One of the pros of using colonics is that this procedure cleans the lining of the colon of impacted fecal matter. This can promote healthy bowel movements and can increase the extraction of valuable water, nutrients, and salts from the waste traveling through the colon. Colonics can also help to liberate bad bacteria from the colon. The cons of colon hydrotherapy are that the procedure can be uncomfortable and sometimes a patient can have an adverse reaction to the cleansing liquids. This procedure may also induce dehydration and is not recommended for patients with certain medical conditions.
Colon irrigation forces water, via tubes, into the colon through the rectum. The jet of water etches away the accumulated feces lining the colon wall. One of the benefits often noticed first by a patient after a colonic is a feeling of lightness in the intestinal area. This form of treatment also helps to eliminate or reduce problems with constipation.
The function of the colon is to extract salts, nutrients, and water from feces before it is eliminated by the body. When the colon walls are packed with feces, absorption of these important components is hindered. Another advantage of colon irrigation is that it frees the walls of the colon, improving the extrication of water, nutrients, and salts from the waste.
Feces packed against the walls of the colon may also harbor and encourage the growth of harmful bacteria. When the solid waste is removed, the harmful bacteria will also be removed and the colon will be cleansed, making it difficult for bad bacteria to recolonize the large intestine. Beneficial bacteria primarily reside in the small intestine, so a colonic will not rid the body of the good bacteria needed for proper digestion.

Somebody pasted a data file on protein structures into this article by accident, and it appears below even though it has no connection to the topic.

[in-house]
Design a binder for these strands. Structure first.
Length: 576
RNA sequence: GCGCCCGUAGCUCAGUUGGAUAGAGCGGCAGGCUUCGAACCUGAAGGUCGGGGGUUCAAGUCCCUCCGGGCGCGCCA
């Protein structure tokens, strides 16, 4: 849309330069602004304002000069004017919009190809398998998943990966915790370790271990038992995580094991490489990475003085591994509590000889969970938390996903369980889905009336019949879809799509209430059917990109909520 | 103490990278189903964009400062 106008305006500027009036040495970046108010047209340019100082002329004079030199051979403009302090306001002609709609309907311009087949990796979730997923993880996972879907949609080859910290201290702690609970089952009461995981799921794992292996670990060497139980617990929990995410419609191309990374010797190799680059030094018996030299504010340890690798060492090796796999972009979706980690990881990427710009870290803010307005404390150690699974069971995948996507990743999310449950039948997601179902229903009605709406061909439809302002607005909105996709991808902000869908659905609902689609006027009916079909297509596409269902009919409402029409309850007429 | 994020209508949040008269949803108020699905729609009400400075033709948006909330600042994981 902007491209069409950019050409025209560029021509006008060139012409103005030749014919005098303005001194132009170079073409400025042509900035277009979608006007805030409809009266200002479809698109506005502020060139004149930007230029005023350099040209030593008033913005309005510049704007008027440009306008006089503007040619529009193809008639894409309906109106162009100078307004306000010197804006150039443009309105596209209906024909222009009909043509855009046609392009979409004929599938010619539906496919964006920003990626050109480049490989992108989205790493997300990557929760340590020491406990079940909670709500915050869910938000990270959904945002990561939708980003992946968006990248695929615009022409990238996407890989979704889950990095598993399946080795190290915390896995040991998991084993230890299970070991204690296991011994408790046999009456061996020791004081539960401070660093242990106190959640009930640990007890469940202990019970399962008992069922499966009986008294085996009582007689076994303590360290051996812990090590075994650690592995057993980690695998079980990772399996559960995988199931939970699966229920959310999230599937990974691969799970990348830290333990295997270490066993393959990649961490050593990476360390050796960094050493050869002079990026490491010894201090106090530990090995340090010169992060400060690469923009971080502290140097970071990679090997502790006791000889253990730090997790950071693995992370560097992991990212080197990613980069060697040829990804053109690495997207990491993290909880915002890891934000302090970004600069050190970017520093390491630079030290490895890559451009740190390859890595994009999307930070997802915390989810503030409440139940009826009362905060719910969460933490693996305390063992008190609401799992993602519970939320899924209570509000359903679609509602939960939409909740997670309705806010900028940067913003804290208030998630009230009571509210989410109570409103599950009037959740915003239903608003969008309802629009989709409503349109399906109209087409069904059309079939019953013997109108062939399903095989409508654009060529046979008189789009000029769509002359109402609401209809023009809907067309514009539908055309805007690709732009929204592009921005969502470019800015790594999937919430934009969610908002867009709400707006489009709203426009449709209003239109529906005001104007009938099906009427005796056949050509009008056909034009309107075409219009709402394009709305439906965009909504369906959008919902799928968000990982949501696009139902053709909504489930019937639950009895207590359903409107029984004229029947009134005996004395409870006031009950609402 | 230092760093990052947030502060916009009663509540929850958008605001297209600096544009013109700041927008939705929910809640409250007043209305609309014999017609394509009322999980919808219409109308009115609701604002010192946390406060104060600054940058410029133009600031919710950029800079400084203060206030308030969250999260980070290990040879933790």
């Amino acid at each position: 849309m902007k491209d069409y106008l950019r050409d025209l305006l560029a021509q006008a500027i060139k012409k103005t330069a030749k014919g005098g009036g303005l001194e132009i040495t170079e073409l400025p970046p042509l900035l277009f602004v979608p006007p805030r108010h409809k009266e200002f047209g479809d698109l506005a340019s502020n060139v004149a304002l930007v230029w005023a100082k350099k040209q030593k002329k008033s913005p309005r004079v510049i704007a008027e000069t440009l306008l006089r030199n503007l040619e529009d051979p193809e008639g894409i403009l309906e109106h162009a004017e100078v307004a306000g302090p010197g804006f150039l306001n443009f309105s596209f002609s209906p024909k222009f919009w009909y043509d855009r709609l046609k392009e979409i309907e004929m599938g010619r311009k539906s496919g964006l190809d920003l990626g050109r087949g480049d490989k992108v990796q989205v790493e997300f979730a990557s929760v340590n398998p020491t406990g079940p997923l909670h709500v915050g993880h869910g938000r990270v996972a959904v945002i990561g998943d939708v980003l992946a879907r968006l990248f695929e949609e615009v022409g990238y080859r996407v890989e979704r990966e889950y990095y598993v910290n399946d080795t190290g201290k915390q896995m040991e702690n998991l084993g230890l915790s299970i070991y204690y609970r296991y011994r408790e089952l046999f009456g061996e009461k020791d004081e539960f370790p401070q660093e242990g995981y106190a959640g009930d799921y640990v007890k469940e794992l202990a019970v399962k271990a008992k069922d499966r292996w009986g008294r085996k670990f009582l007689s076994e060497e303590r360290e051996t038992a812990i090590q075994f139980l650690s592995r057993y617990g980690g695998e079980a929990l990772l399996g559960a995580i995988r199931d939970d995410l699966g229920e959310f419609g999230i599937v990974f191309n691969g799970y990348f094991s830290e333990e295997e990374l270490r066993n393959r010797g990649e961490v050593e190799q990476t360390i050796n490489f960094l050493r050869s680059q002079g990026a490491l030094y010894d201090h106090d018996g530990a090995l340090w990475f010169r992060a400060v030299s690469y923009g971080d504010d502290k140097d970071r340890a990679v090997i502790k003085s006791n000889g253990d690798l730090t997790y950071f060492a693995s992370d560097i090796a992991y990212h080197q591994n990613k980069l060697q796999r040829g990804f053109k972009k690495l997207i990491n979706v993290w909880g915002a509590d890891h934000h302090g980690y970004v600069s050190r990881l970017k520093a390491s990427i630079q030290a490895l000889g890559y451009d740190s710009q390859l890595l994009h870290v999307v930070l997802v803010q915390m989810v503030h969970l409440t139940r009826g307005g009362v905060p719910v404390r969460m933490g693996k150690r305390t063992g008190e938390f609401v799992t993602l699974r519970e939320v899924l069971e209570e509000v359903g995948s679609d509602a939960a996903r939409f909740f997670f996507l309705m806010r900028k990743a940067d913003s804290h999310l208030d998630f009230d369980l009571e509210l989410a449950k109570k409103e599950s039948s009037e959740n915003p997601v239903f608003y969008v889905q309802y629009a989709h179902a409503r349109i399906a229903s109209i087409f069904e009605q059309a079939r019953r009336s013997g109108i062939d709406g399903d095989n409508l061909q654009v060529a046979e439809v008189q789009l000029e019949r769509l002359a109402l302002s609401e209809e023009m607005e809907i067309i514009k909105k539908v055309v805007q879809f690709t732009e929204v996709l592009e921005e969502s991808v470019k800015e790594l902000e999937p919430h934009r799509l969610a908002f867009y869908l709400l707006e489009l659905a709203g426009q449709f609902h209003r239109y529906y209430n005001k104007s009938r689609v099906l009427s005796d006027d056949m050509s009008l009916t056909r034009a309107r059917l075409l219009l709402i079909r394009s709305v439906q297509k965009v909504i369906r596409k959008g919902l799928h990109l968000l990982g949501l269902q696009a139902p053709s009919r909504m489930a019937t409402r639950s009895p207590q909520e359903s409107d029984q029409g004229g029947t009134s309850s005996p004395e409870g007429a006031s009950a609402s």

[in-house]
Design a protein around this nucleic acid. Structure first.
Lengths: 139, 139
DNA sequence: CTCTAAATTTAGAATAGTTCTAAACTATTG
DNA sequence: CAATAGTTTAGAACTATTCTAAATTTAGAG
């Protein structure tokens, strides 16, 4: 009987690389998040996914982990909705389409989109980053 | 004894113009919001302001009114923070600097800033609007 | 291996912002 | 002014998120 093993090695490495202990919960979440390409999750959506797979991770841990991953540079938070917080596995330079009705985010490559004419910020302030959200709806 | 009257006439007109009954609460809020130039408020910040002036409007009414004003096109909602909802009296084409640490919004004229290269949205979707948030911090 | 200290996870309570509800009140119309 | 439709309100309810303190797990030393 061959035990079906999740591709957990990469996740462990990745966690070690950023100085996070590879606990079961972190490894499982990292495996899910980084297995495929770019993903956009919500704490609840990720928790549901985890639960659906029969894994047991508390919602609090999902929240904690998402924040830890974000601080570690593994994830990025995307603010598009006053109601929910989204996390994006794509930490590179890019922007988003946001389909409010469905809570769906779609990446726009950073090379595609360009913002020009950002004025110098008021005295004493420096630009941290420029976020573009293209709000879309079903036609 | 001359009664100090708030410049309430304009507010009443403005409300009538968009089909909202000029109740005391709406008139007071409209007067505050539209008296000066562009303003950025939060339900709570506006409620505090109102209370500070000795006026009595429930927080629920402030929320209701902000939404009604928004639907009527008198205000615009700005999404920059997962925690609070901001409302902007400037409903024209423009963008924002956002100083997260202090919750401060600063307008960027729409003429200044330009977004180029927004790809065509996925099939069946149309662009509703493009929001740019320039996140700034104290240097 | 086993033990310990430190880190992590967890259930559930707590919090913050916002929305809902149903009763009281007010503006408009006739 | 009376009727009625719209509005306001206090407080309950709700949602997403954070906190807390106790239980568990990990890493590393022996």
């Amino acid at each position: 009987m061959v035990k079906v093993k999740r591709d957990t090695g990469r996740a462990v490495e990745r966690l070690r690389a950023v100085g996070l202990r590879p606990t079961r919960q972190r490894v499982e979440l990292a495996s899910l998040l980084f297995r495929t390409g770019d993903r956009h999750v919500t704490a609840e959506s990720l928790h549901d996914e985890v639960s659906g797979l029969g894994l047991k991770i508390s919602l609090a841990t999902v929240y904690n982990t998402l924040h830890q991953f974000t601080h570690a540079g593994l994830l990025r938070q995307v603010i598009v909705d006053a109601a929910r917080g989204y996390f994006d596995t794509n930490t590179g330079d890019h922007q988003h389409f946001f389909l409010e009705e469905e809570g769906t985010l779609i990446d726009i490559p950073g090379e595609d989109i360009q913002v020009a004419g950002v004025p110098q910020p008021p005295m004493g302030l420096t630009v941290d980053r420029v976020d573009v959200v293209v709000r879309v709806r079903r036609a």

There is a long list of medical conditions that are purported to be relieved by colon hydrotherapy. The most common reasons for getting a colonic are to relieve digestive problems and constipation. Other common reasons for using colonics are to treat headaches, hypertension, and arthritis. Colonics are also touted to improve psoriasis and brittle hair.
A few dangers and problems are associated with colonics. Colon hydrotherapy is not regulated, and the methods of treatment can vary widely. In rare cases, a patient may have a reaction to the cleansing herbs added to the flushing water. Other patients may become dehydrated following a colonics treatment or from the laxatives sometimes included in the treatment. If the dehydration is not properly addressed, the patient’s electrolyte balance can be impaired, possibly leading to kidney or heart problems.
Colonic irrigation is also not suggested for patients who have recently had intestinal surgery, hemorrhoids, or rectal tumors. Colon hydrotherapy could make these conditions worse or cause severe infections to develop. Finally, expelling of the liquid waste following a colonic can be painful and uncomfortable.